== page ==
The first cohort of Sensor CDT students is just starting its Sensor Team Challenge on Assisted living for the elderly. The students will develop a network of sensors helping to assist people in their homes to live a more independent life. After receiving a short briefing document the students will shape and manage the project mainly by themselves. External technical advisors and mentors will support the students with practical expertise and transferable skills, such as programme management.

The Sensor Team Challenge is the last of a series of projects carried out by the Sensor CDT students during the MRes phase. It brings together all ten students in the cohort to collectively work on a cross-disciplinary project which is of general interest to research and industry.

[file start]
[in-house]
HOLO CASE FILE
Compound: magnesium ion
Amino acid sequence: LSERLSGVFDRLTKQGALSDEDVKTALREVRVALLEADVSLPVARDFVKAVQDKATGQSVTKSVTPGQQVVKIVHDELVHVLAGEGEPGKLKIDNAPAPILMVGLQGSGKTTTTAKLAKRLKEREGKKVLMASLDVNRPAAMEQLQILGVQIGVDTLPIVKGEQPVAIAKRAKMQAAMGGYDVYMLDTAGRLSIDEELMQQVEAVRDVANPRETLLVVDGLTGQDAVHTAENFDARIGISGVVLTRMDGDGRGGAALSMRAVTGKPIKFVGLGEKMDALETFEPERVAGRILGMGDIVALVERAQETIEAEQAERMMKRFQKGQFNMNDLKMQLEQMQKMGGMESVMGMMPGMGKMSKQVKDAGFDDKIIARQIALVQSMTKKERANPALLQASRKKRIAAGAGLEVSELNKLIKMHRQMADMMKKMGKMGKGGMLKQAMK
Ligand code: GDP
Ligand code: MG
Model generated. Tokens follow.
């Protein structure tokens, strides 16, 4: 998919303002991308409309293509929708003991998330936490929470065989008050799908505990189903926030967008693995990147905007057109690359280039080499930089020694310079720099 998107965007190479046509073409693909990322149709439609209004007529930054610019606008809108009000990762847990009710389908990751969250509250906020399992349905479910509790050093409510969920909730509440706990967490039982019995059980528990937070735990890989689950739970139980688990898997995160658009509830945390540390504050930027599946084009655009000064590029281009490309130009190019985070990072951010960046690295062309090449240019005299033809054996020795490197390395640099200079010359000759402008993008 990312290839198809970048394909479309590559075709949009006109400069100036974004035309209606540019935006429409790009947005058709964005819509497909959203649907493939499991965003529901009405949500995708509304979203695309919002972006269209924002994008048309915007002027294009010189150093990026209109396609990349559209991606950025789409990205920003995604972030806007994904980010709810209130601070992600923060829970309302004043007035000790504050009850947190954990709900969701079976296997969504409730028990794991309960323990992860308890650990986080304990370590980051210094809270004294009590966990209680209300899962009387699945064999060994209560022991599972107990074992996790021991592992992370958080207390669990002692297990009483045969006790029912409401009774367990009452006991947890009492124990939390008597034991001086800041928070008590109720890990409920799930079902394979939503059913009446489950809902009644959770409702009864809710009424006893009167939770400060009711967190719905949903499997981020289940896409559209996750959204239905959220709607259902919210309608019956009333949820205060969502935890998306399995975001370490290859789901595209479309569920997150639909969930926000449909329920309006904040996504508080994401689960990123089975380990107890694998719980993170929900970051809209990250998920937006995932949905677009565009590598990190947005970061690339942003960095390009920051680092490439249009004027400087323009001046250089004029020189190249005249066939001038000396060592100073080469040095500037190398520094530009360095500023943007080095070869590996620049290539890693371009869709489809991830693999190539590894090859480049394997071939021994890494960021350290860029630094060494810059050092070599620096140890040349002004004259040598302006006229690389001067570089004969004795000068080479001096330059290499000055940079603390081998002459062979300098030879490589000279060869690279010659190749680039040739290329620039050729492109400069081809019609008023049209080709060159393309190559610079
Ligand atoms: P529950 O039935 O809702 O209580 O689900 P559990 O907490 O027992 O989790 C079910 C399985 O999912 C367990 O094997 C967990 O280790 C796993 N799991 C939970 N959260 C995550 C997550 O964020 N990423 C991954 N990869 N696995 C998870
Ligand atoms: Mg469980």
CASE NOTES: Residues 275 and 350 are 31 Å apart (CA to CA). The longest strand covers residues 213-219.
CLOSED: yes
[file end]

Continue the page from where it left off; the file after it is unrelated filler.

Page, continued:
Sensor CDT away day

last modified Jun 28, 2017 05:31 PM
Students from all three Sensor CDT cohorts traveled to Marston Vale to meet up with the MAS CDT for a joint away day aiming to solve research problems together.

Students from the Sensor CDT and the Molecular Analytical Science CDT met at the Marston Vale Forest Centre about half way between Cambridge and Warwick for a packed day of academic and fun activities.

Problem solving - idea pitching

Mixed teams of students from the Sensor CDT and the Molecular Analytical Science CDT combined their diverse research experiences and skills to propose new products or solutions which could overcome a scientific or technical challenge in one of the team members' PhD project.

02_idea_development

08_winning_sensor_application

Ideas from the students ranged from capacitive sensors to detect crystallization and clogging in pipes to using scanning probe microscopy and NMR to investigate the shapes of active sites in antibodies.